Many workers are concerned about the contents of their personnel file or employee file. Some believe that all the information about their employment is conveniently gathered together in one manila folder — the workday equivalent of the permanent record from high school. In fact, the first question many new clients ask is whether I can obtain a copy of their personnel file.
The reality is often a letdown. While some employers do have complete, accurate, and well-organized personnel files, the majority do not. Some keep no personnel files whatsoever. Others only keep disciplinary documents and writeups in the personnel file. Many have no consistent policy at all, and put new documents into the file only when it occurs to them. In Louisiana, there are few laws regarding personnel files, meaning it is almost entirely up to the employer regarding what records to keep and who is allowed to see them.
What Documents Must Be Kept In A Personnel File?
Many employees are surprised to hear that there is no law requiring an employer to keep a “personnel file” at all. There are certain record-keeping laws that apply to employers, but there is no law requiring that all of a particular employee’s documents be kept in the same place. For example, Part 516 of the Fair Labor Standards Act regulations requires employers to keep certain records about employee wages and hours worked. However, it does not require that those records be kept in any “particular order or form.” The records may be electronic, rather than in hard copy, and they may be sorted by date or facility rather than by individual worker. Similarly, the OSH Act requires employers to keep records of safety incidents, MSDS sheets for potentially dangerous materials, and other relevant information regarding employee safety and health. But it does not require that information to be organized on an employee-by-employee basis. So while both acts require companies to keep employment-related records, neither requires anything like a traditional “personnel file.”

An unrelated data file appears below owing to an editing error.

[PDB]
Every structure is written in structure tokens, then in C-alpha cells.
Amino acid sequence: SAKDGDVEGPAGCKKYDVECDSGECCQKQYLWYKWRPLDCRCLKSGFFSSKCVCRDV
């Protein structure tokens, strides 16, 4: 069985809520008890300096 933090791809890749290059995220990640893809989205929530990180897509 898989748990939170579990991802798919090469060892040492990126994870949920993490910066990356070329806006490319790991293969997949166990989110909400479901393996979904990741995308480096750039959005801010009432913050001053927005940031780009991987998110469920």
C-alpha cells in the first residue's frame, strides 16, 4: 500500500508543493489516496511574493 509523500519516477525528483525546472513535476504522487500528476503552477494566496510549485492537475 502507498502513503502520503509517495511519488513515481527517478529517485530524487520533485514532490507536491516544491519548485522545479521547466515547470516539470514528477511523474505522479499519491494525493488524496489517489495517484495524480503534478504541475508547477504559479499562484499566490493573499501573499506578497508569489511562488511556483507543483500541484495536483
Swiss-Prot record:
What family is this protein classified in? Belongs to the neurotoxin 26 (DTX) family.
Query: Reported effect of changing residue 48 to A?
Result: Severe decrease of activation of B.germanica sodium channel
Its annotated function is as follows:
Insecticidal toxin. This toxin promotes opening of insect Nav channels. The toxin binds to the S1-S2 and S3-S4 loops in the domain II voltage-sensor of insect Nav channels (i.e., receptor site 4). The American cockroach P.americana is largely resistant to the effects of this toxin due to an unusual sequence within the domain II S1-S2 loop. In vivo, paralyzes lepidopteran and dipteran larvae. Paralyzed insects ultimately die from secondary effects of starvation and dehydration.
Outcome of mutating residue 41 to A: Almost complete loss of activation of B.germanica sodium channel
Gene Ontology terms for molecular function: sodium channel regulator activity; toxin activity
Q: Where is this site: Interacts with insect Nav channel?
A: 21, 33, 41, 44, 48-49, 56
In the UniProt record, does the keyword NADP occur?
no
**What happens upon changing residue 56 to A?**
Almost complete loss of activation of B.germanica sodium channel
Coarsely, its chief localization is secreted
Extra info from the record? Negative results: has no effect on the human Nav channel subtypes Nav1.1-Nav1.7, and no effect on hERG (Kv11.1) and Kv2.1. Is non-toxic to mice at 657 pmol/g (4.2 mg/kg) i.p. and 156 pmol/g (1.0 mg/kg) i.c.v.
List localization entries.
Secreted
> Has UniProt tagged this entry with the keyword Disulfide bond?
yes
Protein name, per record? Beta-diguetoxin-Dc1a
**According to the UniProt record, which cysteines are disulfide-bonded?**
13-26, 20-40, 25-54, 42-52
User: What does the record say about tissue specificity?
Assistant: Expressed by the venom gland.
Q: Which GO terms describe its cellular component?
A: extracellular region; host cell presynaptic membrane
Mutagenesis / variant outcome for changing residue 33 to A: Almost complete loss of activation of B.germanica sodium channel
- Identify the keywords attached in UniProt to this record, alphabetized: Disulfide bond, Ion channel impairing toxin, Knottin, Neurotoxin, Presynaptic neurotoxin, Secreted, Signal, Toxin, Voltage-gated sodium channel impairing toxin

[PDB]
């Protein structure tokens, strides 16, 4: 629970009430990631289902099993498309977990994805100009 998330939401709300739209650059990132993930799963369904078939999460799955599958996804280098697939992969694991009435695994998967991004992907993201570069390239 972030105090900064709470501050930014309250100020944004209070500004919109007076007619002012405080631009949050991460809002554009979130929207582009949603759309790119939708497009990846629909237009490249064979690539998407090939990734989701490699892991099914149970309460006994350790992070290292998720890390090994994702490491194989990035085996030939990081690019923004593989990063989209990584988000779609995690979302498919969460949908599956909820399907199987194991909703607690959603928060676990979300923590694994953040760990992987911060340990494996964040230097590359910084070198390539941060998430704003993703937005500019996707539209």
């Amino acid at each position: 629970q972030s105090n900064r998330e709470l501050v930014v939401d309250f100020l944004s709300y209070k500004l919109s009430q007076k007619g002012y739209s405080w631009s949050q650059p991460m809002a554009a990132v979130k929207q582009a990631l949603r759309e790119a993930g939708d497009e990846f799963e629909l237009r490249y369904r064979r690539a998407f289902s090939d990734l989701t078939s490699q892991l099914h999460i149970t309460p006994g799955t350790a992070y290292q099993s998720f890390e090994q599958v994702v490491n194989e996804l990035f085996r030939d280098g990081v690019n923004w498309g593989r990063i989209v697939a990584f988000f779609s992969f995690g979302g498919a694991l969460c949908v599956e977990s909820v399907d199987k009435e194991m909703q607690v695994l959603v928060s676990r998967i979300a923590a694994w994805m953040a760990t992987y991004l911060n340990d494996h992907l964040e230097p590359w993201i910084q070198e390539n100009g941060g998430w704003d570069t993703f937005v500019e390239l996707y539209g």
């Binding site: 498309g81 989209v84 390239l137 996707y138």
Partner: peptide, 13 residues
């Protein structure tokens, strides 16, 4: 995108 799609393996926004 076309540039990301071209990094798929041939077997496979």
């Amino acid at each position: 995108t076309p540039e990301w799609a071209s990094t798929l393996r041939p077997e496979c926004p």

In short, a Louisiana employer may decide whether or not it wishes to keep personnel files, and what documents it wishes to keep in them. It is almost certainly a best practice for employers to keep careful and complete written records regarding their employees, but best practices are not always the law. As one Louisiana court noted, it is the “employer’s right to determine the contents and the elimination of the contents of those [personnel] files” and the “employer’s purview to decide when to remove stale or unnecessary documentation from employee records.”
What Documents May Not Be Kept In A Personnel File?
The law does state that certain types of documents may not be kept in a personnel file. The Health Insurance Portability and Accountability Act and the Americans With Disabilities Act — better known as HIPAA and the ADA — require that a medical and medical insurance records must be kept confidential and segregated from other records. If an employer possesses medical records for any reason, such as a certification for an FMLA leave request, it must keep a separate file holding only those medical records, and it must take steps to ensure that the medical records are kept confidential. Disclosing these records to co-workers may be a violation of the employee’s ADA or FMLA right to privacy. (Of course, all personnel records should be kept confidential, but employers must take extra care with respect to medical records).
Do I Have A Right To View My Personnel File?
In Louisiana, an employee does not have the right to view his or personnel file unless an employee handbook specifically grants that right. Many other states have laws allowing employees to review their personnel files, although these laws are often subject to limitations. For instance, California requires the request to be in writing, Colorado limits the employee to one viewing per year, and Connecticut allows employees to include a written “rebuttal” if they disagree with anything in the file. Louisiana, however, has no such laws. An employer may allow its employees to view their personnel files, or it may forbid it. The only requirement is that an employer act consistently. Allowing one employee to view his or her file, while denying it to another, may be evidence of a discriminatory or retaliatory motive.
Employees do not even have a right to view documents which they have signed, such as employment contracts, non-competition agreements, and arbitration agreements. For this reason, employees should refuse to sign any documents unless the employer gives them a copy on the spot. It is critical to have copies of any documents or agreements you have signed, and if you do not ask for a copy up front, you are not likely to get one later.
The only reliable way for an employee to obtain his or her personnel file is by filing a lawsuit. If an employee sues on the basis of unlawful discrimination, retaliation, or unpaid wages, the attorney may demand production all records related to that individual’s employment. This will include the personnel file, if one exists. However, no attorney will file a lawsuit solely for the purpose of obtaining a copy of the personnel file.
If you have any questions about the laws surrounding personnel files or record-keeping, call me at (504) 267-0777 or email me here. The initial consultation is always free, and our call is confidential and privileged.